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Marsai Martin is a black girl boss

STAR POWER: Marsai Martin

GENERATION Z continues to amaze me. The savvy digital natives continue to put the rest of us (millenials included) to shame with their awareness, action and approach to everything from their socio-political beliefs to even their impending careers.

One of the many young women exhibiting this to the fullest is Marsai Martin. The 14-year-old who made her introduction to the world on the hit show Black-ish, is already black excellence personified.

She runs her own production company, Genius Productions, signed a first-look production deal with Universal Studios and has gained her first executive producer credit with her new movie Little - a comedy film she developed after watching ‘Big’ and deciding she wanted to do a reverse take on an old classic.

“I saw Big which was my mom’s favourite film growing up and I told my parents the idea. We then talked about it and went to Kenya Barris and Will Packer with the concept and the rest is history,” said Martin.

“There wasn’t a lot of black girls I saw on TV and film so I wanted to create something that all people felt welcomed to and young black girls could be inspired by.”

This desire to bring representation to the forefront was key to Martin as Little shows black girls of all ages dominate on the screen but also behind the scenes. The film, directed by Tina Gordon, also includes a host of black female screenwriters and its executive producers include the teen alongside co-star Regina Hall.

“This movie is powerful because you don’t get to see this often. We have a bunch of black girl magic in front of the camera and behind the camera so I feel like something like this can be inspiring to all.”

The fun-natured comedy has its laugh out loud moments as Hall and Martin take on the role of mean girl boss Jordan Sanders [Hall], who through a twist of fate and a little magic is turnt back into her younger self [Martin] in order to learn a lesson about how to treat the people around her.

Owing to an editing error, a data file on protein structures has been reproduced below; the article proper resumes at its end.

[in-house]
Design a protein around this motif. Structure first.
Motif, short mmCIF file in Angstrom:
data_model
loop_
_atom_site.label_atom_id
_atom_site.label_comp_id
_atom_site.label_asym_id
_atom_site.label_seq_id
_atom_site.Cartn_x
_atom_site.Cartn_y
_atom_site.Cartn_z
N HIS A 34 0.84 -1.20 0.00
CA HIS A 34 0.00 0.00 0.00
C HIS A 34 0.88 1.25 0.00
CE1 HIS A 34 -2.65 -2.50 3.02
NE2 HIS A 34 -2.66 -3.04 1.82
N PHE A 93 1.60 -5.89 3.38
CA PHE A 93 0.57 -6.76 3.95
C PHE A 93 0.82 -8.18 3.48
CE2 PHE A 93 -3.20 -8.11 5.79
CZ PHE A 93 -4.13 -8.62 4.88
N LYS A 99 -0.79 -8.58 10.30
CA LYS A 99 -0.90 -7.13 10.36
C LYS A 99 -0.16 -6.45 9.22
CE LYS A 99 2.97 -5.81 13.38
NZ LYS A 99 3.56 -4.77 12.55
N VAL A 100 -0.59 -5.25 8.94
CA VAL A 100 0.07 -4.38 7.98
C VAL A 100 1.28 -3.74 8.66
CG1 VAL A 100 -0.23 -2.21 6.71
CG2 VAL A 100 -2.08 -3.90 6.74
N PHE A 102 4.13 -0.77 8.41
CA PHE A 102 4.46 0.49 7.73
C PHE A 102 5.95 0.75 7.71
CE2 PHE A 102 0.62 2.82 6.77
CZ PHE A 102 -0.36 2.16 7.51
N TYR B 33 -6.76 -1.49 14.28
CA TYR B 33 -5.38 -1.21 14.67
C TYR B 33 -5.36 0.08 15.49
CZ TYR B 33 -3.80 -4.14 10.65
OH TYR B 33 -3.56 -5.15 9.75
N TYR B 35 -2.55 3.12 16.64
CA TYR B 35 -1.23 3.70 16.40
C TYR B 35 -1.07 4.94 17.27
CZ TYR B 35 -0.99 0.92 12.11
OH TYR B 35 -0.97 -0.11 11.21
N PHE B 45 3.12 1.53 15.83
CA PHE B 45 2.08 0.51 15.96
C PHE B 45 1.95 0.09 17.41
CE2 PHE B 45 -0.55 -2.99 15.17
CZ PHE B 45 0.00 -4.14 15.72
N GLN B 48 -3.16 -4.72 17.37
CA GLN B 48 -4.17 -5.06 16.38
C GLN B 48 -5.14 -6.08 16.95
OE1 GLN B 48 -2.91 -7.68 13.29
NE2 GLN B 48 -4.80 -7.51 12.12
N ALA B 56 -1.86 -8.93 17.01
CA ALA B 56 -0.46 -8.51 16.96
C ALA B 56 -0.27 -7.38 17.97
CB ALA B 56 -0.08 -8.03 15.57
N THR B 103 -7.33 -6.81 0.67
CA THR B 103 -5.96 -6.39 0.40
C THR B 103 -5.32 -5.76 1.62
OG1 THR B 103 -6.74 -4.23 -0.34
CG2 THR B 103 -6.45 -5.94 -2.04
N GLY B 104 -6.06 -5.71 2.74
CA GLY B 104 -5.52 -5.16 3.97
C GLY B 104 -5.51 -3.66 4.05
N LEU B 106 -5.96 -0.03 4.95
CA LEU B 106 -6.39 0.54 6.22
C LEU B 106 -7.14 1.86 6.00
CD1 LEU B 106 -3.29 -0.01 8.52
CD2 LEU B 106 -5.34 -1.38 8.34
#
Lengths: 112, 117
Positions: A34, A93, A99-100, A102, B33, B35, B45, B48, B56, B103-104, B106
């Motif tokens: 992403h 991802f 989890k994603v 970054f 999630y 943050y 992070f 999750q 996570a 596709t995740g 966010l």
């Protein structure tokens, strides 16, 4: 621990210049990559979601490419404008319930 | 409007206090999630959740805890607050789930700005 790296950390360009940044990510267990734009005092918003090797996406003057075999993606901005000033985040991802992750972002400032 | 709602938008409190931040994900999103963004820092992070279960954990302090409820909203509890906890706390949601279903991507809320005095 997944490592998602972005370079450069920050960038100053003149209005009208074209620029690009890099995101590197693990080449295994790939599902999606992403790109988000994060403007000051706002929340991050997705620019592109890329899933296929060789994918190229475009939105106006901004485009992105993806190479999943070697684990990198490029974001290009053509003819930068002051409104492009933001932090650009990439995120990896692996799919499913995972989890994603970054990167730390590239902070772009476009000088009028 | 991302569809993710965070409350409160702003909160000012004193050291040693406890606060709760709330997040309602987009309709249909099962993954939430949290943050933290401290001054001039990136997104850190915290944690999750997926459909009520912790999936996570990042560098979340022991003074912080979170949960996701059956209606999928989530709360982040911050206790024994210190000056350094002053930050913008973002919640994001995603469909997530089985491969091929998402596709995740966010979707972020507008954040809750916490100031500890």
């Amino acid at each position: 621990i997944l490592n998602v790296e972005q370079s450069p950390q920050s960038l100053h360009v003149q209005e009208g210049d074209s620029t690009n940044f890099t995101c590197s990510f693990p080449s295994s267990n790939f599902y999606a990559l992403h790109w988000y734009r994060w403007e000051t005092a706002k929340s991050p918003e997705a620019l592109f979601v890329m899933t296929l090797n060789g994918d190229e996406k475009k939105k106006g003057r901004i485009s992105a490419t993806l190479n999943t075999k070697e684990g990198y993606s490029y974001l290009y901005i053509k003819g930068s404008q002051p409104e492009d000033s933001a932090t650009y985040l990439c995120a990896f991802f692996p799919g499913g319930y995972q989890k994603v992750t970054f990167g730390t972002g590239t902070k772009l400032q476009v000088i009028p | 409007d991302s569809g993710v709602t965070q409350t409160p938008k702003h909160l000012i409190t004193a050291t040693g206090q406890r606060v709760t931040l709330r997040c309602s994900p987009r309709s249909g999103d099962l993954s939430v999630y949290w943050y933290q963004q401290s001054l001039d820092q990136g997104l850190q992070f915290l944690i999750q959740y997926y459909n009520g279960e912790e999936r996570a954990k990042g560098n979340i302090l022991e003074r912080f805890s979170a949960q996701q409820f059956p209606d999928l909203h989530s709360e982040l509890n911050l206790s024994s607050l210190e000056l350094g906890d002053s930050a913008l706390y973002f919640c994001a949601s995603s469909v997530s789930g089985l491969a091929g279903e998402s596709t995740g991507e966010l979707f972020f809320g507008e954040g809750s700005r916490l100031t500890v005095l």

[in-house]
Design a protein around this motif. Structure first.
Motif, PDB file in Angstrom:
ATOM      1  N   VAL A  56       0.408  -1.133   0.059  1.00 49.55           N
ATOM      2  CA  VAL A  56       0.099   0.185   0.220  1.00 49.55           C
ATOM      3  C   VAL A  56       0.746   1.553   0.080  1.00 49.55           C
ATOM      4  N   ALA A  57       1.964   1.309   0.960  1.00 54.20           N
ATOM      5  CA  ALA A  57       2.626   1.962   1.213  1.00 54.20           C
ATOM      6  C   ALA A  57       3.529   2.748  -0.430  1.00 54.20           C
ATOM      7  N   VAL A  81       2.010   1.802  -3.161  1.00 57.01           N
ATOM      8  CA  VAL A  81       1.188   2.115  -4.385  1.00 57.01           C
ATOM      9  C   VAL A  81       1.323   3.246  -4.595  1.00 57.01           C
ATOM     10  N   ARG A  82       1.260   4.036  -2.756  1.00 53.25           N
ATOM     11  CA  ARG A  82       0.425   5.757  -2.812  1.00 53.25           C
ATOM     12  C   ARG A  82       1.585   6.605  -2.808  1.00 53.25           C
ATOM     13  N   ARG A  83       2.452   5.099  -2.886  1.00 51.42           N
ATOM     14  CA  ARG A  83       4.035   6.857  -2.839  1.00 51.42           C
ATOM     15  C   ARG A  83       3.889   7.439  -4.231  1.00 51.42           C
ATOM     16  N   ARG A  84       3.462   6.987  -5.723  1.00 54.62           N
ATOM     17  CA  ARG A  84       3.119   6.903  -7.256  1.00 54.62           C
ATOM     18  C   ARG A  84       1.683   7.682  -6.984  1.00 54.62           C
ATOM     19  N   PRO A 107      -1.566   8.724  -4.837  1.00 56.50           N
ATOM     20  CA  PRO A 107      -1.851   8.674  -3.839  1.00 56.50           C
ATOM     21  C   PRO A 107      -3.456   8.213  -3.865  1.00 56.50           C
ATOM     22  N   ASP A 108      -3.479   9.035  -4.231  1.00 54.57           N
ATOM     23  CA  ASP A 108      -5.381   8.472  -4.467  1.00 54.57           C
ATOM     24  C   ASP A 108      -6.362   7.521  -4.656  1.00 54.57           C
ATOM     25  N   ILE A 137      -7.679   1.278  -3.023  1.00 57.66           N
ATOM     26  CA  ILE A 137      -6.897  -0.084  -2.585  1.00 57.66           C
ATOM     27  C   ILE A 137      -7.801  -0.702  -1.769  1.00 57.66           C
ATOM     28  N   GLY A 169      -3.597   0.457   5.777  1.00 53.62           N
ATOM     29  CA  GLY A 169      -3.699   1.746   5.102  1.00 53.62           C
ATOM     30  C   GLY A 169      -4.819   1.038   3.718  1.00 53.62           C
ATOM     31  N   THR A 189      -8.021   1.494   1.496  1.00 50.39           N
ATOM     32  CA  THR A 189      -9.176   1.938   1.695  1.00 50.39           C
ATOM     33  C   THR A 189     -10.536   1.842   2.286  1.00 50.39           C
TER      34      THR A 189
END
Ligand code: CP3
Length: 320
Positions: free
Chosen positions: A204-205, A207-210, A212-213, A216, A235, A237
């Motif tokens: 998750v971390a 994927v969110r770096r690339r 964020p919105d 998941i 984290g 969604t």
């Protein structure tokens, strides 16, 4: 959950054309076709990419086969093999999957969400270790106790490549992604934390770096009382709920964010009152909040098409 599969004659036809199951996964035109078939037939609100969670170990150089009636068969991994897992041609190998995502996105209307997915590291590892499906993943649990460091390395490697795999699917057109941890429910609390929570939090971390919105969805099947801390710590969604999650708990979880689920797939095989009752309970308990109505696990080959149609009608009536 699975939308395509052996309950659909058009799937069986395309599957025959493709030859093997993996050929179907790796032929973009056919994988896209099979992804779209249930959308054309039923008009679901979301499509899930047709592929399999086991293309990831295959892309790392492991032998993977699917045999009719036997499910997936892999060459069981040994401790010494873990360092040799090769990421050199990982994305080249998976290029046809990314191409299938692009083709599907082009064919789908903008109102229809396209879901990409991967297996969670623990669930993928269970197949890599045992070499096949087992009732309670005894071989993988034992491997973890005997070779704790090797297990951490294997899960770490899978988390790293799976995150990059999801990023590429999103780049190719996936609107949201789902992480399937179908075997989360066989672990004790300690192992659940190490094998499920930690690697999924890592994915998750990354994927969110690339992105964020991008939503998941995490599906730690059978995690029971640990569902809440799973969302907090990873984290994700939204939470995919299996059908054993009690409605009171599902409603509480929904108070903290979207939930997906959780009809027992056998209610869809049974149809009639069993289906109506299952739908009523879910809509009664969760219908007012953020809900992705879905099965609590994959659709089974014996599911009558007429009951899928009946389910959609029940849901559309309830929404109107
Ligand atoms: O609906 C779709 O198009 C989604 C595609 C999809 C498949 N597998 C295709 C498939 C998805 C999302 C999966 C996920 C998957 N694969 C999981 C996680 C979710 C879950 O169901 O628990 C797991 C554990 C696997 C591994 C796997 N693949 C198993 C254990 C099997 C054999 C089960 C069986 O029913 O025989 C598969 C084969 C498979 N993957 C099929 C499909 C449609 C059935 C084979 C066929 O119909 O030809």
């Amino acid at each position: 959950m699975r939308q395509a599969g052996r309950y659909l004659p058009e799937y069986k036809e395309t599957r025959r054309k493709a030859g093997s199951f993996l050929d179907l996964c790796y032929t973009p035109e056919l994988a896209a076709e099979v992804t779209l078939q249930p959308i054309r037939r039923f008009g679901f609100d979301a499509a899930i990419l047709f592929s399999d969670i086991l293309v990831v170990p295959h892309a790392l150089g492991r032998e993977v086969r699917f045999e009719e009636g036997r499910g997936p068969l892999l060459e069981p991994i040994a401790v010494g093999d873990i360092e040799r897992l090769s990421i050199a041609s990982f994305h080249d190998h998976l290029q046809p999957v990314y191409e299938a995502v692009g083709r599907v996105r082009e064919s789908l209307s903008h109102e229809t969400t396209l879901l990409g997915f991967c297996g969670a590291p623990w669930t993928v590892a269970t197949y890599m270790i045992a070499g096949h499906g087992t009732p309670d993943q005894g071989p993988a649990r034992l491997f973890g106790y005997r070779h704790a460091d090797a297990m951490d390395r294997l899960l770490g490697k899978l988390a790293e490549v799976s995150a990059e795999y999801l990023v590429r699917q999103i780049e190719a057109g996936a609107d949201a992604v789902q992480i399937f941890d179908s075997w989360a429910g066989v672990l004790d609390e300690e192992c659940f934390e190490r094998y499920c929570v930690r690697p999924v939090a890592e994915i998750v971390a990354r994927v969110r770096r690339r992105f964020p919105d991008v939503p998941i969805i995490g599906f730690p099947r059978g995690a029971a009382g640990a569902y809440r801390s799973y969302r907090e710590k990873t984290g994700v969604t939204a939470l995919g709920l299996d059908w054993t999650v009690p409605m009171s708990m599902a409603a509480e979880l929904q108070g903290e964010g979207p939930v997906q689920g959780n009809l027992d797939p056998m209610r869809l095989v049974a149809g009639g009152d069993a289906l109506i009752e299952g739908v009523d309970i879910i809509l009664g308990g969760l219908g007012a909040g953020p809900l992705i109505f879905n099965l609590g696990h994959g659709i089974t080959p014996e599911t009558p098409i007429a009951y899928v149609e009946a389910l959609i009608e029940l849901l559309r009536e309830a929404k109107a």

Alongside its humour and witty banter, the movie also shares messages of empowerment, self acceptance and embracing one's beauty. This is most notably seen through Martin wearing her natural hair throughout the entire movie - an image that black girls don’t usually get to see in films.

“I feel like hair is something that can define you and you don't see a lot of those hairstyles on black women in film,” said the Texas native. “It’s usually straight or something different to their natural texture so I definitely wanted to touch on that too.”

Touching on different issues that many young girls go through whilst keeping the movie light and fun is no easy feat. And for Martin, the experience of working her first feature film definitely had some teachable moments.

“This is my first feature film so I’d say definitely the lines were a bit of challenge. But honestly, nothing was really hard - it was more of just a learning process for me.

“Since this is also my first time being an executive producer for something this big, it was important to get advice from Will [Packer] and Tina [Gordon] on having a good balance between acting and producing.”

This balance is clearly emulated perfectly on screen as Martin’s star power radiates on camera, giving the world just a glimpse of what to expect from the young talent.

“If viewers could take one thing away from watching Little it’s that I want them to know you can do anything at any age or at any time and if that’s your passion go for it.

“I feel like this film is something that’s funny for all families and when they see it, it’ll be funny because they'll know a 14-year-old created it.”

Little is in cinemas now

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